Week 3 – The Work Begins

So I finally started to get into working. My current task is to review various texts and identify gaps in Aboriginal Business content. So far, I've reviewed a majority of a textbook dealing with Aboriginal Peoples in Canada. I've taken notes on things that I think might affect the Aboriginal Economies.

This week, I started to review an Intro to Business text for students in Canada. It's fascinating and right from the beginning, the differences between Canadian Business and Aboriginal Business in Canada are significant.

My first textbook is the 6th Canadian Edition of Business Essentials. It's pretty cool that Sherry Finney of Cape Breton University and Rob Anderson of Thompson Rivers University were both contributors to this text.

The first chapter I'm reviewing gives an intro to Economics and it's interaction with Business. It briefly describes various economic systems around the world. These are a few exerpts describing a particular type of economy that stick out in my mind:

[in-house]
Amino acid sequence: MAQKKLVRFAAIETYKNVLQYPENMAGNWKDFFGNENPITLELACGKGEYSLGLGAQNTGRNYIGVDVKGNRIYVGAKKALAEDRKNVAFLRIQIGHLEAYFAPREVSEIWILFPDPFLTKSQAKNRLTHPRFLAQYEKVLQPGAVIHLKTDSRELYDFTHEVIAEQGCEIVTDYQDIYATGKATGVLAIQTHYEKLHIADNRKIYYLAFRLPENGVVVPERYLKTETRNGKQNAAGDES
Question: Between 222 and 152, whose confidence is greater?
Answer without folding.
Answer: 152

• It's an economic system in which government controls all or most factors of production and makes all or most production decisions.


  • Individuals may be told where they can and can not work, companies may be told what they can and can not manufacture, and consumers may be told what they purchase and what they pay.

It sounds a bit like a reserve doesn't it? Investment and business decisions made by the communities elected leaders must have a record of decision and have final approval by the Minister of Indian Affairs.

Bylaws, regulations, and policies all must also receive final approval by the Minister, even if approved by the Chief and Council.

The exerpt, though, wasn't about a reserve economy – it was describing a Command Economy. Command economies are where the government basically commands what does and doesn't happen for their people. Reserves are similar – only it's the Canadian government that commands what happens on First Nations reserves.

These are my thoughts for the time being.